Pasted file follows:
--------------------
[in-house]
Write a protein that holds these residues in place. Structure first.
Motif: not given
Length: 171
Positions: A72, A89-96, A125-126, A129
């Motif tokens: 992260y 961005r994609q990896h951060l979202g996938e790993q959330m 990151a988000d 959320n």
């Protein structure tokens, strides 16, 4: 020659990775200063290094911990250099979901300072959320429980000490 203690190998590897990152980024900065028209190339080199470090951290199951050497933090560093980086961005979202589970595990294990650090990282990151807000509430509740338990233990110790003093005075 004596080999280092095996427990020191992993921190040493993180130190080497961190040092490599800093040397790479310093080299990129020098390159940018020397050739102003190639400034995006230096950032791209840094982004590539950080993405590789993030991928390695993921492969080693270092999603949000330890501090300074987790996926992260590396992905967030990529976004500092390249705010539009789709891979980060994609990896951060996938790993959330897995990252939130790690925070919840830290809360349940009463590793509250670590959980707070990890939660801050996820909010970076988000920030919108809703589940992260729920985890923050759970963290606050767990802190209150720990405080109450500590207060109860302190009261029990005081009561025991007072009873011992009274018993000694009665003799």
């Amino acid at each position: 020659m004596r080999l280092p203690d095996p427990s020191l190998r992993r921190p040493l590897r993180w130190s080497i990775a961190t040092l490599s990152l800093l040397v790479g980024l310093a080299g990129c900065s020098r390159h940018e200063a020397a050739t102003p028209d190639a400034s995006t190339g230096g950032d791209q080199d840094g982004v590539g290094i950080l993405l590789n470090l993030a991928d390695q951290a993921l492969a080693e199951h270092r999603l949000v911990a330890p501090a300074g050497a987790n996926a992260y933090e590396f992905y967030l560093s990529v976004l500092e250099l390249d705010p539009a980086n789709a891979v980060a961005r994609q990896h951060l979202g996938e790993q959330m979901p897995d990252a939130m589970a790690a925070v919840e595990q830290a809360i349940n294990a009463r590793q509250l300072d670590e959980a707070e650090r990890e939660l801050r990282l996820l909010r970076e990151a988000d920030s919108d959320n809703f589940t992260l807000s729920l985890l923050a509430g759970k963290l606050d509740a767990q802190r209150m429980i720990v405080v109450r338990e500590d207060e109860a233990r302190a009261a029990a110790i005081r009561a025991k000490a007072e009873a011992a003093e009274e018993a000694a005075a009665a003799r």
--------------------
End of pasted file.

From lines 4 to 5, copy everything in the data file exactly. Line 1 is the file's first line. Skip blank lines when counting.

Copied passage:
Length: 171
Positions: A72, A89-96, A125-126, A129